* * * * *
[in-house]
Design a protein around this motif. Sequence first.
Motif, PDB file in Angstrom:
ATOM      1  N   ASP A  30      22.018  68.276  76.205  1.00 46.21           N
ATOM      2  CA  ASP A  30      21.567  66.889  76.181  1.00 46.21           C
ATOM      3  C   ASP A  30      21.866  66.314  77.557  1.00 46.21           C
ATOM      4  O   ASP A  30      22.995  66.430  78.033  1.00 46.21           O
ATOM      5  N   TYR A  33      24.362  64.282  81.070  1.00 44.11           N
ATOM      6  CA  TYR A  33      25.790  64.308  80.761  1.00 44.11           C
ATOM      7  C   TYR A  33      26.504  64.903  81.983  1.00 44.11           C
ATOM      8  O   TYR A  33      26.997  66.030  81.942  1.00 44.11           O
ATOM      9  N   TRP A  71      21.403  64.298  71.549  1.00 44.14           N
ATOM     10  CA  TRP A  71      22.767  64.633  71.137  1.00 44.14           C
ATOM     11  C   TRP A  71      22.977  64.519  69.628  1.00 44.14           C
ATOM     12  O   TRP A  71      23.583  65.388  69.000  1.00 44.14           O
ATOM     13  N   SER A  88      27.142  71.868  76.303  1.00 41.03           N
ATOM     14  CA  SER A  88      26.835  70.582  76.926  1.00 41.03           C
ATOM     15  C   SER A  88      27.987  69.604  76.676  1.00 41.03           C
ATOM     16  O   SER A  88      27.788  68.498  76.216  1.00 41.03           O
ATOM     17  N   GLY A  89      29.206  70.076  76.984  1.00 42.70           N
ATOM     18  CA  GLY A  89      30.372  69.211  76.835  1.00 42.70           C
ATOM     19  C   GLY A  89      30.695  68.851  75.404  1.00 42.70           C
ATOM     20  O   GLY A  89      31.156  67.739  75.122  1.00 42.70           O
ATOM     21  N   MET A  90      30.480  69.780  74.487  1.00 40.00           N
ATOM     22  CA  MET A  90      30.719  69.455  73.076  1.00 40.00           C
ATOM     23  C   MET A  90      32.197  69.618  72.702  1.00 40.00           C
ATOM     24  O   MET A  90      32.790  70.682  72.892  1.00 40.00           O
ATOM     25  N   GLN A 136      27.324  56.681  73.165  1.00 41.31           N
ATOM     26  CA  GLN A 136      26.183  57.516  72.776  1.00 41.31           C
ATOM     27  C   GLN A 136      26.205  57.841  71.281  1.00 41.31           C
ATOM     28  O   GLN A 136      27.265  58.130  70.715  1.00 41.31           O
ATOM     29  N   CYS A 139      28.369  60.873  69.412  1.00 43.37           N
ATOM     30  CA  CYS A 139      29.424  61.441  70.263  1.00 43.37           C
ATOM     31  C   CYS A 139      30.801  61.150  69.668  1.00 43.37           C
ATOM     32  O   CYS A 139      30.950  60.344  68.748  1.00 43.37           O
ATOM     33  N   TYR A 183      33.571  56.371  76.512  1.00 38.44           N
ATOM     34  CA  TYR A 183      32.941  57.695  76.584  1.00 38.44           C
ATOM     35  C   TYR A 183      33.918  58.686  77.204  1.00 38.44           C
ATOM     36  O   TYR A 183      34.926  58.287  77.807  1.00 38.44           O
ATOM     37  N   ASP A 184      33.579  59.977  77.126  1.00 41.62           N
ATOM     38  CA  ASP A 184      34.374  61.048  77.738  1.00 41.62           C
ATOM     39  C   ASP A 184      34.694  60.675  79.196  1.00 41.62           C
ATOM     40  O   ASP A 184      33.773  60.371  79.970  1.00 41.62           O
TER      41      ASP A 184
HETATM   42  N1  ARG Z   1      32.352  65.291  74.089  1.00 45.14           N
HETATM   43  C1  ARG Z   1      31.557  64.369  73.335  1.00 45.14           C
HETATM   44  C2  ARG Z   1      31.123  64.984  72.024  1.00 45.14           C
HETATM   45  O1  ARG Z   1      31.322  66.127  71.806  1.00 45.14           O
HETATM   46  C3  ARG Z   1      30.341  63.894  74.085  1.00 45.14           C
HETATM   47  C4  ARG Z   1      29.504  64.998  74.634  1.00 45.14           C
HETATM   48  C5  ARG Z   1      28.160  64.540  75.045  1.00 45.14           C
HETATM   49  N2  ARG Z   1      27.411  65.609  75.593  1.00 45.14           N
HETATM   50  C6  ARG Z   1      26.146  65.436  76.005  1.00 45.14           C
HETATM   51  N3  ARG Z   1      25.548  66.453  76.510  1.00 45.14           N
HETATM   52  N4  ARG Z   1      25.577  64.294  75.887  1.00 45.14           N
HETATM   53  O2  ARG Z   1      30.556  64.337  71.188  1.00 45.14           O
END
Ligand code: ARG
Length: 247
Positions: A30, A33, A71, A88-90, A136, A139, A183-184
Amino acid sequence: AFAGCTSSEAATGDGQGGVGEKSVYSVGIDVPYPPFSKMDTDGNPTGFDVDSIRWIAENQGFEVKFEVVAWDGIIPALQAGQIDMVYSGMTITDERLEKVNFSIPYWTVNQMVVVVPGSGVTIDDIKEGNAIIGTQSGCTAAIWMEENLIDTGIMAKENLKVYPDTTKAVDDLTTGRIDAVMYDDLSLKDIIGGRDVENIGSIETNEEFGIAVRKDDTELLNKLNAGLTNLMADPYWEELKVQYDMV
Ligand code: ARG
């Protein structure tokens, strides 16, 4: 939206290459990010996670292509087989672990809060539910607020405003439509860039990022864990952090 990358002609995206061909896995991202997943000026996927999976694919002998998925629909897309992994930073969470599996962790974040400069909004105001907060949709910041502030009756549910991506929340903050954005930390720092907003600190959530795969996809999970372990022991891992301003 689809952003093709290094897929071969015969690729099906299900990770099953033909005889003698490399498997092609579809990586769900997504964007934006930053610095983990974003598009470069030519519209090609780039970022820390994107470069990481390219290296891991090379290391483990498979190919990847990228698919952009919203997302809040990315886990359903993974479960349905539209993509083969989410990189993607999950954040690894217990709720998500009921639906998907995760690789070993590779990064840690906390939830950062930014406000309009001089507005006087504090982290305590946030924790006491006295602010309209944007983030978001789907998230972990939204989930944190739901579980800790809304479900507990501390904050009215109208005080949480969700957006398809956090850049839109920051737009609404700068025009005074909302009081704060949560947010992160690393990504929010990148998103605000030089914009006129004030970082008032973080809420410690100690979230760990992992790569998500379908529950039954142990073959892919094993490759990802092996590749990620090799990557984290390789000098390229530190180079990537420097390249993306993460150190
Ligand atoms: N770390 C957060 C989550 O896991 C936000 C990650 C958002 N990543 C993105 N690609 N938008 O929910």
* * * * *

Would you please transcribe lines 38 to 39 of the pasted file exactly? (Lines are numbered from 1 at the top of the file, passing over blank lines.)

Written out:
ATOM     35  C   TYR A 183      33.918  58.686  77.204  1.00 38.44           C
ATOM     36  O   TYR A 183      34.926  58.287  77.807  1.00 38.44           O